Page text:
Winter

Pine forest

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Pinus cembra, also known as Swiss pine, Swiss stone pine or Arolla pine, is a species of pine tree that grows in the Alps and Carpathian Mountains of central Europe, in Poland (Tatra Mountains), Switzerland, France, Italy, Austria, Germany, Slovenia, Slovakia (Tatra Mountains), Ukraine and Romania. It typically grows at 1,200 metres to 2,300 metres altitude. It often reaches the alpine tree line in this area. The mature size is typically between 25 metres and 35 metres in height, and the trunk diameter can be up to 1.5 metres.

Beds and furniture made of Pinus cembra are very popular within the Alpine region of Europe as scientific studies of Joanneum Research in 2003 have shown that exposure to a Swiss Stone Pine can improve sleep by saving you up to 3,500 heart beats per night making nights more restful and restorative.

The Swiss pine is a popular ornamental tree in parks and large gardens, giving steady though not fast growth on a wide range of sites where the climate is cold. It is very tolerant of severe winter cold, hardy down to at least −50 °C, and also of wind exposure. The seeds are also harvested and sold as pine nuts and can be used to flavor schnapps.
[Source: Wikipedia]

Canon EOS 60D
Sigma 18-250mm F3,5-6,3 DC Makro OS HSM
Aperture: f/10
Exposure time: 1/250s
Focal length: 18mm
ISO Speed: 100
Processed with PS CC 2014

 

City of Thun

The city of Thun, which is located at the lower end of Lake Thun, is the gate to the Bernese Oberland. The historic Old Town is situated about one kilometer from the shore of the lake, on the river Aare. There is a castle in the center of the Old Town that dates back to the 12th century and boasts a museum.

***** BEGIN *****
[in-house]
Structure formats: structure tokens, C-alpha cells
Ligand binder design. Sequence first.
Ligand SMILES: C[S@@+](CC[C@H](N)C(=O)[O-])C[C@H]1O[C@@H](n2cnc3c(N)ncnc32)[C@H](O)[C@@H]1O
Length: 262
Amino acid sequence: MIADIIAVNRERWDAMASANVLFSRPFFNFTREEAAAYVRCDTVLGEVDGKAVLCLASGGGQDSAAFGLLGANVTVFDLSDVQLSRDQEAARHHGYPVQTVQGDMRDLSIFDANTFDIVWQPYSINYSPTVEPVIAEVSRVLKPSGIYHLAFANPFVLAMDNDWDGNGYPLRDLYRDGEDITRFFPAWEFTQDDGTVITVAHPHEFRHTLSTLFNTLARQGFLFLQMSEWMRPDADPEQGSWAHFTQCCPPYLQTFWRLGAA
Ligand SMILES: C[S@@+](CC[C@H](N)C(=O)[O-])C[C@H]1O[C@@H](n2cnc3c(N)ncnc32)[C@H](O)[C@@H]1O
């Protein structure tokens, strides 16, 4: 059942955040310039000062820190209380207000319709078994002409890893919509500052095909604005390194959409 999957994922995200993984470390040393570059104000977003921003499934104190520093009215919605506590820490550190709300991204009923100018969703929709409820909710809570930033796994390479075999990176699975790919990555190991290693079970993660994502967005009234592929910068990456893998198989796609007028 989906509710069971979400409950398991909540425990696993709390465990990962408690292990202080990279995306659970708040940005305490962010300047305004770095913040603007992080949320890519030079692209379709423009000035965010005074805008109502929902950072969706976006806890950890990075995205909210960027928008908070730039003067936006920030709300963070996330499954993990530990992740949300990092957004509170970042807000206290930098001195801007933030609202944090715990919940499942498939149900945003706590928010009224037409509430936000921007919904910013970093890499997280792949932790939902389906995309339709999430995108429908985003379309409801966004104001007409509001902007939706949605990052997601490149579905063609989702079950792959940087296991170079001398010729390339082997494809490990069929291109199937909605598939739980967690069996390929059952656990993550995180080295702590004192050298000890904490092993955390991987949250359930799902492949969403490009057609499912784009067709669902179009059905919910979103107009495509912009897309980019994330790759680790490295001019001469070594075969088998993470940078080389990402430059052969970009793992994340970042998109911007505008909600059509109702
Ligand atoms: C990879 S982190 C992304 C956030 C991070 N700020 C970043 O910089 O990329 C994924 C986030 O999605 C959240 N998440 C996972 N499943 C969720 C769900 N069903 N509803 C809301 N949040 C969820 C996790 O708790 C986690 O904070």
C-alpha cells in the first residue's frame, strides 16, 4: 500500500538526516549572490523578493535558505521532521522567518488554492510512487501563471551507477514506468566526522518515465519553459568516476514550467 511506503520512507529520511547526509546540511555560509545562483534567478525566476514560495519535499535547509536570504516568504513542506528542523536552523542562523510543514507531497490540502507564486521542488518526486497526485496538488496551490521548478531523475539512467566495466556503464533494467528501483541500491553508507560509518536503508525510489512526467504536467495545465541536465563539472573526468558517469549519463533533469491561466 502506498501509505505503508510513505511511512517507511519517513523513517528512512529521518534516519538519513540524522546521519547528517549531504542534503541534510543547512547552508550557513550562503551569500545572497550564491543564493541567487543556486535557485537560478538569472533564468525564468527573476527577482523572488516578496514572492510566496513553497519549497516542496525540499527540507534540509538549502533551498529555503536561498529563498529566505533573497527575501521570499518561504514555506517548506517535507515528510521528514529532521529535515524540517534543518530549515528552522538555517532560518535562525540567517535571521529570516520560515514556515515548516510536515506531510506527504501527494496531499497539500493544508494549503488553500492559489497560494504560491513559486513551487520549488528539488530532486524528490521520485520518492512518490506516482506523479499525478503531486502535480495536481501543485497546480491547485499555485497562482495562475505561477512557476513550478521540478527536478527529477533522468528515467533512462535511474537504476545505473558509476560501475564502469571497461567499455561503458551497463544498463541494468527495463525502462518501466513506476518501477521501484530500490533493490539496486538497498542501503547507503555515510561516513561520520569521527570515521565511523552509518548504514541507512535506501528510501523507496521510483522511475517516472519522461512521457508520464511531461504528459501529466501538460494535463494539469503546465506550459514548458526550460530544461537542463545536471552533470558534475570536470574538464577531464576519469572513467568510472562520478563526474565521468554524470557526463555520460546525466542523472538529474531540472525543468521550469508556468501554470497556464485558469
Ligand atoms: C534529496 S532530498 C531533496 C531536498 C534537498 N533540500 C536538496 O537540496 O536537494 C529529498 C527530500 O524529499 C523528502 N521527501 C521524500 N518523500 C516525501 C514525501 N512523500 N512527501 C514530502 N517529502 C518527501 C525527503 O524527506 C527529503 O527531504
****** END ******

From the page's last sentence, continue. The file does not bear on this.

The first settlement arose on today’s site of the city as early as 2,500 BC. The mighty castle was constructed by the Dukes of Zähringen. It has a fortification tower built between 1180 and 1190. The halls of the tower house a historical museum that exhibits artifacts from prehistory and early history as well as medieval objects, weapons and uniforms from the 18th and 19th century, a ceramic collection and a toy exhibition. The castle’s most splendid exhibit is the restored Knights Hall, dating to the 12th century.

Further sights in the Old Town include the town church with its tower dating back to about 1330, the town hall from the 16th century, the Old Town itself and the numerous restaurants and cafés along the Aare River.

The Eiger, Mönch and Jungfrau rise majestically across Lake Thun, over which glides a historic paddle steamer. The castle and city church proudly dominate the late-medieval Old Town.
[Source: myswitzerland.com]

Canon EOS 5D Mark II
Canon EF 17-40mm f/4L USM
Aperture: f/6.3
Exposure time: 1/320s
Focal length: 17mm
ISO Speed: 100
Processed with PS CC 2014

High above

Flight from Thun over the Gemmi pass to Sion (Canton of Valais) and via the rhone valley, Martigny, Col du Pillon, Simmental back to Thun.

Canon EOS 5D Mark II
Canon EF 17-40mm f/4L USM
Aperture: f/6.3
Exposure time: 1/640s
Focal length: 17mm
ISO Speed: 100
Processed with PS CC 2014

Gornergrat

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Gornergrat